R. Tendler would become one of the main voices pushing for halakhic acceptance of brain-death criteria. Taking a quite activist and often polemical position, he vigorously advanced his interpretation of this psaq. In some measure, it was his insistent reading of this psaq as tantamount to permission for organ transplants from the brain-dead, that allowed the Israeli Rabbinate and others committed to halakhah to accept neurological criteria for death. It was to him, in addition to the Israeli Rabbinate, that Hadassah turned to verify the halakhic position on the determination of death.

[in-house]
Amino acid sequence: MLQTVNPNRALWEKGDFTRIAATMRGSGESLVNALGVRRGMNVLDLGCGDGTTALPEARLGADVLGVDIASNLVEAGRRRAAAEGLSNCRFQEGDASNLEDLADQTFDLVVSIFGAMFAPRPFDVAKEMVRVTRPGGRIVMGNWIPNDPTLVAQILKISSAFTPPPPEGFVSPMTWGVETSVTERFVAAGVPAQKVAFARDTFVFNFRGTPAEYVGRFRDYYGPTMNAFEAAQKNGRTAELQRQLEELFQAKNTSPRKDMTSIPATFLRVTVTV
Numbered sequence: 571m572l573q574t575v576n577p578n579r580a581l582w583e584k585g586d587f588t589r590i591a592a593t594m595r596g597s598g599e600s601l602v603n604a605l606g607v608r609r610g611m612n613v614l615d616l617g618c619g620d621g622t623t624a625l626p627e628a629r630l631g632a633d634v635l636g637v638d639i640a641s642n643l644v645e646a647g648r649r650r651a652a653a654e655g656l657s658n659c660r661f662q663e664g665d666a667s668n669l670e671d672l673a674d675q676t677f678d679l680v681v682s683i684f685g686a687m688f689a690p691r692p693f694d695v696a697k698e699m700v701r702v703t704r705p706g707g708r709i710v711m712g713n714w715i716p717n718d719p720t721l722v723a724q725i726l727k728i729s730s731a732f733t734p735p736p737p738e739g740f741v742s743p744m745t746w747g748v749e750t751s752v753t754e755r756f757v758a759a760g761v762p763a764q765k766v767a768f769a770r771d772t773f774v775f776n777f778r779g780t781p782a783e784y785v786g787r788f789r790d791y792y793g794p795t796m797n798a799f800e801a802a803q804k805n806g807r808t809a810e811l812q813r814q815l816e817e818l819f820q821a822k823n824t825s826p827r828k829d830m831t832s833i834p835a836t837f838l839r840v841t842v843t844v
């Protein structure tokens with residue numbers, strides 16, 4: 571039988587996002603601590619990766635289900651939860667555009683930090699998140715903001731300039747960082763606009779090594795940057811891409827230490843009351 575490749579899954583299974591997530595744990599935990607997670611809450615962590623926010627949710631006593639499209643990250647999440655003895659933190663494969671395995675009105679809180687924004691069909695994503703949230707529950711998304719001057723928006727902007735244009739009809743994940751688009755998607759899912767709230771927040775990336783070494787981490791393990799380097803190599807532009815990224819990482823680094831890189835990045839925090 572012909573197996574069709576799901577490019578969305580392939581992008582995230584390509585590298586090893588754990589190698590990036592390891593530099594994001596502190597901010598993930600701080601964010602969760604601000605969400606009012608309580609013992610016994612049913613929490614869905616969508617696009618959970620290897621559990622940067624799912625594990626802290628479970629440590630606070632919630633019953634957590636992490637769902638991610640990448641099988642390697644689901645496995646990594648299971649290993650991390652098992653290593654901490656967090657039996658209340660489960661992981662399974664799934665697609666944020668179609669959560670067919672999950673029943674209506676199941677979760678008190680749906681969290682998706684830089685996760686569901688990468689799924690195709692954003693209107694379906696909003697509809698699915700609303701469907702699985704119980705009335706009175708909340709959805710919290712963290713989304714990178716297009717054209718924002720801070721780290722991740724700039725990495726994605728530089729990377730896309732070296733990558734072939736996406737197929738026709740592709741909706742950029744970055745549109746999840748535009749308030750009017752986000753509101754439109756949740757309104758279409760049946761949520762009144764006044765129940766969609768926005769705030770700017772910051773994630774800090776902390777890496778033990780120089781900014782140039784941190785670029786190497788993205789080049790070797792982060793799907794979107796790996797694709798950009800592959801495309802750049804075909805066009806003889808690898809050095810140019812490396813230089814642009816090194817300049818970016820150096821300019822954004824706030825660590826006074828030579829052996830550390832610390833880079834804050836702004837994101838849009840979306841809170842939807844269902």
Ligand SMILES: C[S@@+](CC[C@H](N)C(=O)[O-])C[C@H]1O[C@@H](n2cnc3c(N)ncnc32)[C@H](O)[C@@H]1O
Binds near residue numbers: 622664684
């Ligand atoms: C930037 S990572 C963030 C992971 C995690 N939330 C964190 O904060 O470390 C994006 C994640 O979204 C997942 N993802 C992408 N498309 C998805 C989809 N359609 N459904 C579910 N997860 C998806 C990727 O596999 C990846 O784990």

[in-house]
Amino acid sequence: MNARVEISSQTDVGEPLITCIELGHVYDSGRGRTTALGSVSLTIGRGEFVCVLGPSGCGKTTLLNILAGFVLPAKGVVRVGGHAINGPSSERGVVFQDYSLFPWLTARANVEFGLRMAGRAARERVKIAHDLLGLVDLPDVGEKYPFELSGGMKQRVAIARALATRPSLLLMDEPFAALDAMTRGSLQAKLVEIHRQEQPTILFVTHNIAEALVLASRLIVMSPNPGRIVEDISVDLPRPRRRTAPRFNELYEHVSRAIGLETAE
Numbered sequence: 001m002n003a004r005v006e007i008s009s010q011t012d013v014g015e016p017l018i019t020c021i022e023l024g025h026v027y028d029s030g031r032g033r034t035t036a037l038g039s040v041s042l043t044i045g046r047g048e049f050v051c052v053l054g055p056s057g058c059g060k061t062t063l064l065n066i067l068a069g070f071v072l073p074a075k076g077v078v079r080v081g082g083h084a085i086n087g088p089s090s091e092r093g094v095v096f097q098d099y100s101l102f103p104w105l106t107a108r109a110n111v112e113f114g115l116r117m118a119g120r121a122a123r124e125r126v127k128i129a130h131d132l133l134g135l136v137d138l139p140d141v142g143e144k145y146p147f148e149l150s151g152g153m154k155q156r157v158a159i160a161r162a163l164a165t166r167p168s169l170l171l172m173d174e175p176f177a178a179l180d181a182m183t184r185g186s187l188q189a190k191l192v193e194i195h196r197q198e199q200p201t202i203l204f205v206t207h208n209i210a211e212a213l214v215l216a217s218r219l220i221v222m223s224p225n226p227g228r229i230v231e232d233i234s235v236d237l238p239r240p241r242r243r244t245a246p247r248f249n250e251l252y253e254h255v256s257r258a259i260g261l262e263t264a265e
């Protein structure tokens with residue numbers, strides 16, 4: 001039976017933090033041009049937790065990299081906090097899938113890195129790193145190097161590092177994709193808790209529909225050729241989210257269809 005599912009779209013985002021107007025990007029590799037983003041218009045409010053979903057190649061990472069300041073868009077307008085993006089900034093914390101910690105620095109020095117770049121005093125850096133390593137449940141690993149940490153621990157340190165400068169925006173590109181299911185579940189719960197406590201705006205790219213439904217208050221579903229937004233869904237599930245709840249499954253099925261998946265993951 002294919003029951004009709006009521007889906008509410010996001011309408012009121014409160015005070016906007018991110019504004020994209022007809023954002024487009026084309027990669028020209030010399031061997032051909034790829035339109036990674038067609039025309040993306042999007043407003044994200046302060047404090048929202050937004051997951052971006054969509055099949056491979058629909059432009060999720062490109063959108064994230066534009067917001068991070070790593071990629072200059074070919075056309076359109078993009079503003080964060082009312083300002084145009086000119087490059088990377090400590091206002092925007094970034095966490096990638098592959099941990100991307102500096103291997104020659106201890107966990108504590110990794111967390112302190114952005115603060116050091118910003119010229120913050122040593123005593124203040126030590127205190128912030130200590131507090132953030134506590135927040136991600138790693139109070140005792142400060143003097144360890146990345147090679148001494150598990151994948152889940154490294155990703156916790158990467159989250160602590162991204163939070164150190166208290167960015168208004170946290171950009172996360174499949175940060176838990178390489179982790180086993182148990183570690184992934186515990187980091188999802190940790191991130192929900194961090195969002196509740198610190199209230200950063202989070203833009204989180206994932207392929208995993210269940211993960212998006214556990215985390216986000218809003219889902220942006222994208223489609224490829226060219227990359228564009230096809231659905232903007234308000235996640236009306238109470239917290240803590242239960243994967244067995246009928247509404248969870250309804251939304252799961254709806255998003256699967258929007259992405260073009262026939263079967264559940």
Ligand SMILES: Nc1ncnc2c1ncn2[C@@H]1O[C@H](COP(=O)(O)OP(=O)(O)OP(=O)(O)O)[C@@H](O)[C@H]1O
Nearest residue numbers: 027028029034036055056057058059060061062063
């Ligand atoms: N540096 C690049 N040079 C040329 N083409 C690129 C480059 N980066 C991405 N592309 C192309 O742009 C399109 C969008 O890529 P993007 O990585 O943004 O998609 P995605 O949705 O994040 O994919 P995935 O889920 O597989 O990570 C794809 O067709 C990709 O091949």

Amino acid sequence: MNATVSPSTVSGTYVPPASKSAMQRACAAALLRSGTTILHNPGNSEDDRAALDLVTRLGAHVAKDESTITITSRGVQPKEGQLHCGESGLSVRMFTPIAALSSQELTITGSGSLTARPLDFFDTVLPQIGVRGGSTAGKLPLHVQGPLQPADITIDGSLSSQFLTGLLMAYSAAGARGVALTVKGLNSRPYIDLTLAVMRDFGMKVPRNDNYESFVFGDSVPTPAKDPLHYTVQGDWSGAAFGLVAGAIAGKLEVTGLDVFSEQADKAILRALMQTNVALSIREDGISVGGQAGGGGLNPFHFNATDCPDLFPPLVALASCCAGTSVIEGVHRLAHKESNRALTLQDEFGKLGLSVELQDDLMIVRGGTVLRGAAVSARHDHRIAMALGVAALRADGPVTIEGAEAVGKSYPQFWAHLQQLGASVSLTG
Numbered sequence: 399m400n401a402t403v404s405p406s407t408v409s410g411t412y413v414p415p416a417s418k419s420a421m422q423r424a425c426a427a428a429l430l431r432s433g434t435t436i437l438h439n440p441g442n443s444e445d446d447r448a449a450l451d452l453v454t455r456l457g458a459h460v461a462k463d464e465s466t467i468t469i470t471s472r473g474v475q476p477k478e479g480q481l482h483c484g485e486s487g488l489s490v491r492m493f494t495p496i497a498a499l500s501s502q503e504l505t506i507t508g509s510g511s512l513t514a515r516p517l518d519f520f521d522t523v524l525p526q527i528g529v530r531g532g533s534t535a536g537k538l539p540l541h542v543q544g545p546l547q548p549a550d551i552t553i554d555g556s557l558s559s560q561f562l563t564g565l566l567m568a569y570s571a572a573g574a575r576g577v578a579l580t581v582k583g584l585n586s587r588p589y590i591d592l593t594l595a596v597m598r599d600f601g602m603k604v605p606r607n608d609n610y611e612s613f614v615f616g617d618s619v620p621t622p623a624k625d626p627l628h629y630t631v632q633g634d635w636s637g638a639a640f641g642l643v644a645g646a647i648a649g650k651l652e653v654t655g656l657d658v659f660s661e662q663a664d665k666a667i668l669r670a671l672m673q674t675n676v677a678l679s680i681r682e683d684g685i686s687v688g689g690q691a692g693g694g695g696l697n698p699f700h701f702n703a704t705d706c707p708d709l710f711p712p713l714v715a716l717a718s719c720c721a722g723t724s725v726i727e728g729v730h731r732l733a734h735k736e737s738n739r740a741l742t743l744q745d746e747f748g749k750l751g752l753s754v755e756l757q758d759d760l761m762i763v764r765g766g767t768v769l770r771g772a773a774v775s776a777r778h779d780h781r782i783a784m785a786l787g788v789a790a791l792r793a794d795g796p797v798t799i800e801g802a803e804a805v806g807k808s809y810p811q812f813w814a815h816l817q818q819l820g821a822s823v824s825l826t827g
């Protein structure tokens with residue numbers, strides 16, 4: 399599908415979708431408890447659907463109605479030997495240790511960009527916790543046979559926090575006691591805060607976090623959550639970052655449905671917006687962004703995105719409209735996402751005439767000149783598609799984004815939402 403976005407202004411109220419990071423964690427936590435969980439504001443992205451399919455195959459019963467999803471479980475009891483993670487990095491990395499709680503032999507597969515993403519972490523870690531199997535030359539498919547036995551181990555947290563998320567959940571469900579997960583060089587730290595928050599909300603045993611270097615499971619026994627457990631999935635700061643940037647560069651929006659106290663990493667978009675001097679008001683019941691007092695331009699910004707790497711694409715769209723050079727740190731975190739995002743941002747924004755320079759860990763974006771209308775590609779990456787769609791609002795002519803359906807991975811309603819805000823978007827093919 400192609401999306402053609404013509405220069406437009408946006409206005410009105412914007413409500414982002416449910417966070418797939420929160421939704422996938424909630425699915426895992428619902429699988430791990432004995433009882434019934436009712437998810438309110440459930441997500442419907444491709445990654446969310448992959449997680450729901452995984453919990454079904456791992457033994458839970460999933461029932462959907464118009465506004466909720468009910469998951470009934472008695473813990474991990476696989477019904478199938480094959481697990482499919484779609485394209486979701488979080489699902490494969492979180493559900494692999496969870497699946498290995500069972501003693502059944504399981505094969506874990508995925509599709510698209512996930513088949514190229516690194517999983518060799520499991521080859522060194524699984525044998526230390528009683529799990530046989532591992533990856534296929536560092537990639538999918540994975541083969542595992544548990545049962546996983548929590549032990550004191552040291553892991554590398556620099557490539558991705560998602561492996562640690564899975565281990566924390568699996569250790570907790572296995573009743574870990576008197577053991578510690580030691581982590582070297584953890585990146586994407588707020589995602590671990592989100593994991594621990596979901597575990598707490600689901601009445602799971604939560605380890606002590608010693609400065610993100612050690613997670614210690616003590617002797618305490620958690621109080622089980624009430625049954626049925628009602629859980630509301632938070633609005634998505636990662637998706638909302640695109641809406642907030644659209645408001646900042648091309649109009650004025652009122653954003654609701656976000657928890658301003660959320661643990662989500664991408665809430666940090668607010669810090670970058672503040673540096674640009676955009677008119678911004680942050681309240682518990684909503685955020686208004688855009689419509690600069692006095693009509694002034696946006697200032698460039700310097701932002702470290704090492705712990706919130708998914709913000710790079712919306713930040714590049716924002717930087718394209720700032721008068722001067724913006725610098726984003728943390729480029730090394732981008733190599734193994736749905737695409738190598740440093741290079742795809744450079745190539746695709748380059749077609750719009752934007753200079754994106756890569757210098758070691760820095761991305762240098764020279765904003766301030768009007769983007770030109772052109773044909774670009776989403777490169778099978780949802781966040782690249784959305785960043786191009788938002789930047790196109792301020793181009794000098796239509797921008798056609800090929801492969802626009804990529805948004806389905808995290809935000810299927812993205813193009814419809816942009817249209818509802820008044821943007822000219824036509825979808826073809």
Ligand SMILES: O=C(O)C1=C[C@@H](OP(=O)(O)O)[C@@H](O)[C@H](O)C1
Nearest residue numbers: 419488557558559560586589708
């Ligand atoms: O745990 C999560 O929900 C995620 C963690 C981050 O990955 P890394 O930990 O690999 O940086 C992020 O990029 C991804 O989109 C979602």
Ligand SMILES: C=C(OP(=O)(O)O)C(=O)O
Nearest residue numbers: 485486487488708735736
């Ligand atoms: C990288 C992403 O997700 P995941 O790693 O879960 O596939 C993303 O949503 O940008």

EM YD III:132.
 The efficacy and ethics of such a test may be problematic. Recently, serious problems with apnea testing have been observed with results which indicate that “the apnea test is not an innocuous procedure.” (Saposnik G, Rizzo G, Vega A, Sabbatiello R, Deluca JL., ‘Problems associated with the apnea test in the diagnosis of brain death.’ In Neurology India 52:3 : 342-5).
EM YD III:132.
 This point is important as without it, one might confuse death with other states where no independent respiration is possible – patients with punctured lungs or polio, for example.
 *The original Hebrew readsראשו בכוח כהותז. This last word means ‘in potential’ and is often used in opposition to ‘actual.’ Here ‘virtual’ captures its meaning more simply.
 This is the understanding of Avraham, Nishmat Avraham, 344.
 EM YD II:146—discussed in chapter five above.
 See Nishmat Avraham, 339:2; Shor, “B’inyan Simane Mitah,” Hamaor 298 (Sivan-Tamuz 5747): 12-19, 12; and note 37 below.